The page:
For Some NC A&T Athletes, Focusing On The Game Is A Hard Task After Hurricane Florence

Sep 23, 2018

N.C. A&T football player Dontae Keys (79) waited out Hurricane Florence with team mates at school as his hometown of Fayetteville sustained damaged in the hurricane's path. Football has kept him busy as he practices Wednesday, Sept. 19, 2018, in Greensboro, N.C.
Credit Lynn Hey / For WUNC

After a temporary hiatus due to Hurricane Florence, a number of college sports teams across the state are back in action.

While some North Carolina Agricultural and Technical State University student athletes had to stay in Greensboro during the storm and the immediate recovery, their minds were elsewhere.

When you have problems at home like the storm, it really makes you want to go home and check on your family. -Dontae Keys

Dontae Keys’ backyard in his Fayetteville home is flooded and some shingles are missing from its roof.

However, he can’t think about it too much now that he’s at football practice preparing for an upcoming game.

The college sophomore and right tackle for the Aggies football team said it was a blessing to be safe in Greensboro and also a curse to not be with his family during Florence.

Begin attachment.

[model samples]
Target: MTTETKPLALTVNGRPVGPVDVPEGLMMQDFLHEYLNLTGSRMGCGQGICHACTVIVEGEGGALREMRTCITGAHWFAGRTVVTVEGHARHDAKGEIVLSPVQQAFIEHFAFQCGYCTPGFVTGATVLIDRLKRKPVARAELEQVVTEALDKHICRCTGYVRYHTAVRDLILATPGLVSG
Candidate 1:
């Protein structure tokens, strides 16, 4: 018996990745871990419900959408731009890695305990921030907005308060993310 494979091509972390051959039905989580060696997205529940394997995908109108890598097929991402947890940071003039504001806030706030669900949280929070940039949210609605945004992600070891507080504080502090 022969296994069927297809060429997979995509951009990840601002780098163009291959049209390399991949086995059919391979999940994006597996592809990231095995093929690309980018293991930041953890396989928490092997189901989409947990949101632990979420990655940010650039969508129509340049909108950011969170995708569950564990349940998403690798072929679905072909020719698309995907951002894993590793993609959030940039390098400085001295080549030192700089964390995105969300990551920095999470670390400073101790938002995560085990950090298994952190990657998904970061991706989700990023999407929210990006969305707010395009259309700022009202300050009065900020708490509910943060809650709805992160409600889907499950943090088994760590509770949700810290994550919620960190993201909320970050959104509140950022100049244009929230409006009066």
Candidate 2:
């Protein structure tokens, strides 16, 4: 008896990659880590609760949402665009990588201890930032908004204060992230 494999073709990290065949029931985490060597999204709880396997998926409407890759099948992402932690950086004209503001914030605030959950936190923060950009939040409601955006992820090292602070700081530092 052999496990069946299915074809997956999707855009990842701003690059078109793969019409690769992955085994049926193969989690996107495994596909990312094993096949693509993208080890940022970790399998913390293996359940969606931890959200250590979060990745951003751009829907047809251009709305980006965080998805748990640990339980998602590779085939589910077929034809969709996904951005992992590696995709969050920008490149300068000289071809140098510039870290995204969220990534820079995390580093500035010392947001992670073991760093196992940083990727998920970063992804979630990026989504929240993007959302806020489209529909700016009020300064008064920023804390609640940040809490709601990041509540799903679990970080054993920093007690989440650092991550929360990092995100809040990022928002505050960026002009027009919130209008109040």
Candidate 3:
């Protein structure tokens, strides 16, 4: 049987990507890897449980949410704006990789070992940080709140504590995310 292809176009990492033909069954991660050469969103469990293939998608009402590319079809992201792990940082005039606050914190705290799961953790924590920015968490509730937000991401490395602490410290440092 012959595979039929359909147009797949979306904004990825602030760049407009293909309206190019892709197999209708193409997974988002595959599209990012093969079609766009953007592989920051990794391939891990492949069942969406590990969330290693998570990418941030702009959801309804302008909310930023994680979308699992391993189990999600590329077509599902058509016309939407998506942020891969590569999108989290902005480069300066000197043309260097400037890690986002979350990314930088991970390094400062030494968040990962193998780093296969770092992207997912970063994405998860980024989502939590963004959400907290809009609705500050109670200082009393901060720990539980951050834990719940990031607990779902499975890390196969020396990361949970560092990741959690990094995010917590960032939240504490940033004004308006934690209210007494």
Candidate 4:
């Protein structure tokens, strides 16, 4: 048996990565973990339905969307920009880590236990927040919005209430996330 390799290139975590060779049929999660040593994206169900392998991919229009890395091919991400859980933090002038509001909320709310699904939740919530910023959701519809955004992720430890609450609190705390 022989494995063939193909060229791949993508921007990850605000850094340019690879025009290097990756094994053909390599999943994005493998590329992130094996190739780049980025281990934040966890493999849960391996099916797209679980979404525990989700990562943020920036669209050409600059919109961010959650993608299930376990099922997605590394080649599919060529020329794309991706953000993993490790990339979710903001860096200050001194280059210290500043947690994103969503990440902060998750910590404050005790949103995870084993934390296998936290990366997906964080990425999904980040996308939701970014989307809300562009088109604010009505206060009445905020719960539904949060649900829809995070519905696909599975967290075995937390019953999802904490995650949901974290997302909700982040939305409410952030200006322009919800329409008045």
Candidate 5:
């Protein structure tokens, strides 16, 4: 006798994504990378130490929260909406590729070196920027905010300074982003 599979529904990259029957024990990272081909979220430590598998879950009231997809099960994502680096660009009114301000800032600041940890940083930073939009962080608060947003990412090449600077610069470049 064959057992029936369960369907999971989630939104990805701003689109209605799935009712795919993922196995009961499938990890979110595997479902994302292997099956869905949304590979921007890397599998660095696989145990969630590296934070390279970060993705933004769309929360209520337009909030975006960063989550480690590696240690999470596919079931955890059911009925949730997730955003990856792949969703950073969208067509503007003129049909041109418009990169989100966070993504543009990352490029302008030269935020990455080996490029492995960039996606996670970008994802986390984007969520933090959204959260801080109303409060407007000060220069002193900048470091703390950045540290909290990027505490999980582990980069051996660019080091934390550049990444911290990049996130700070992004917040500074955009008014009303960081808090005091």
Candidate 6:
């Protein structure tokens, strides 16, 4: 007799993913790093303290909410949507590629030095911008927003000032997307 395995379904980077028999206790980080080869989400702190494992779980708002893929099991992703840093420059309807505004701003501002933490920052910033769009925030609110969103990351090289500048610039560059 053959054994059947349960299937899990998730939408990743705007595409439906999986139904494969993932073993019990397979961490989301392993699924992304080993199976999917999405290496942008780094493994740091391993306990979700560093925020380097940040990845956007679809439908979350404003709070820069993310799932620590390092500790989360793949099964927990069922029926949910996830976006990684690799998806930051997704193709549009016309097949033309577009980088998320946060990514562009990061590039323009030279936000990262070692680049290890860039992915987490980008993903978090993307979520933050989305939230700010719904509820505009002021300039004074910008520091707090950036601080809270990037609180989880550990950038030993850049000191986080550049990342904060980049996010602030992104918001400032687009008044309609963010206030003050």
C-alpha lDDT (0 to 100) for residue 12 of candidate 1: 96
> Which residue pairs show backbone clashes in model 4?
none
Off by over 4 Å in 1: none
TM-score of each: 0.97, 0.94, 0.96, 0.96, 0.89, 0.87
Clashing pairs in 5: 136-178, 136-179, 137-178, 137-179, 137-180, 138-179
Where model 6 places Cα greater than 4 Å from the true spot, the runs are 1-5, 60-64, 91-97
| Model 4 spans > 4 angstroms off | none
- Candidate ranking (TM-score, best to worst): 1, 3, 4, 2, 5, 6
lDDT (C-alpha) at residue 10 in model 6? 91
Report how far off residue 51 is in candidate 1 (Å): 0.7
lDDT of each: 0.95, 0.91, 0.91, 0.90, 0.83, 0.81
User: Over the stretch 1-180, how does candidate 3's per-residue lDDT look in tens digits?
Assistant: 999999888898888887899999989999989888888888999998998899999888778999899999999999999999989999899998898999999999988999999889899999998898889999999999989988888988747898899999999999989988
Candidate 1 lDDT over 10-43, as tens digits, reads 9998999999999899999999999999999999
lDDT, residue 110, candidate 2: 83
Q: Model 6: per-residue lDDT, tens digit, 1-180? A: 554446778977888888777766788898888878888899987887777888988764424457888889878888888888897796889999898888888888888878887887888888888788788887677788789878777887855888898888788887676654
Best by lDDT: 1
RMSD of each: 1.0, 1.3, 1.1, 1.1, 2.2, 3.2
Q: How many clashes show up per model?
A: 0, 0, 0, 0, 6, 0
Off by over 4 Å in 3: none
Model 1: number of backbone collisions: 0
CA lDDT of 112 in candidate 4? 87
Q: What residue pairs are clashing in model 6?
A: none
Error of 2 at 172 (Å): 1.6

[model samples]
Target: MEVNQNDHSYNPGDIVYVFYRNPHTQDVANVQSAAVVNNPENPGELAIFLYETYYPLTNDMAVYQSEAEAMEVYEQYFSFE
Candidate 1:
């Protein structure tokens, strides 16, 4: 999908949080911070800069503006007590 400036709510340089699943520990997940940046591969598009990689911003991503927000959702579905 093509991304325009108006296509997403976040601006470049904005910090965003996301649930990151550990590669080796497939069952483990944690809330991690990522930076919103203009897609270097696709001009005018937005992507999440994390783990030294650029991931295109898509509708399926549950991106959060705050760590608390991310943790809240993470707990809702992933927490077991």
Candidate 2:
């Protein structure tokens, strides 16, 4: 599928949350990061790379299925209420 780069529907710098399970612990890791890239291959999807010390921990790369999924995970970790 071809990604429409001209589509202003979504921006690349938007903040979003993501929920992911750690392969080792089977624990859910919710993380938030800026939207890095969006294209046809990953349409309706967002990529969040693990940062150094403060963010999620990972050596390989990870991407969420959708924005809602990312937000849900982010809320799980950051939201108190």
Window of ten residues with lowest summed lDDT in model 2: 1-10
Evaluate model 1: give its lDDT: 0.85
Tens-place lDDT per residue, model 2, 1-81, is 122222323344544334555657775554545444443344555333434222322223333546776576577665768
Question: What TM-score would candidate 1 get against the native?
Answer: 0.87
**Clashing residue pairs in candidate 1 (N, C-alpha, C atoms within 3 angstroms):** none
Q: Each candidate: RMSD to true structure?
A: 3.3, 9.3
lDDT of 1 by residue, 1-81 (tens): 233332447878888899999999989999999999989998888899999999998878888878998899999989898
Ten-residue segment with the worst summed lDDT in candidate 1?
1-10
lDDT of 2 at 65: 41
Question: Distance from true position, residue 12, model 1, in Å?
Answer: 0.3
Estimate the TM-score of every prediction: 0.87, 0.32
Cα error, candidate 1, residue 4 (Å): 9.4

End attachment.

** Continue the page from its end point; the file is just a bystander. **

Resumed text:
“When you have problems at home like the storm, it really makes you want to go home and check on your family,” he said. “But at the same time, this is good environment so it helped me get my mind off of a lot things.”

N.C. A&T football player Dontae Keys (79) waited out Hurricane Florence with team mates at school as his hometown of Fayetteville sustained damaged in the hurricane's path. Football has kept him busy as he practices Wednesday, Sept. 19, 2018, in Greensboro, N.C.
Credit Lynn Hey / For WUNC

For Xavier Williams, focusing on golf was a struggle. Williams is a freshman at A&T and is on the school's golf team. 

Florence hit his hometown of Winnabow, North Carolina, located in Brunswick County.

He said it was hard to listen to his parents when they told him to stay safe in Greensboro.

His father had to stay at his job at a chemical plant for nearly 72 hours for safety reasons. His mom thought of coming further inland, but didn't want to leave her husband behind.

It was a frustrating time for Williams.

“I don't like not knowing what's going on, and I know it sounds crazy, but I'd rather be there with everybody and my family knowing what's going on than being here and not know what's going on,” he said.

Eventually, both Williams and Keys were able to reach their families after the storm. Both of their families are okay.

Keys said his family is working on recovery in the aftermath of Florence.

“They're really working on repairing things,” he said. “I know my mom planned a vacation to kind of get away from everything.”

Until they're reunited with their families later this year, both athletes will continue to prepare for their upcoming games.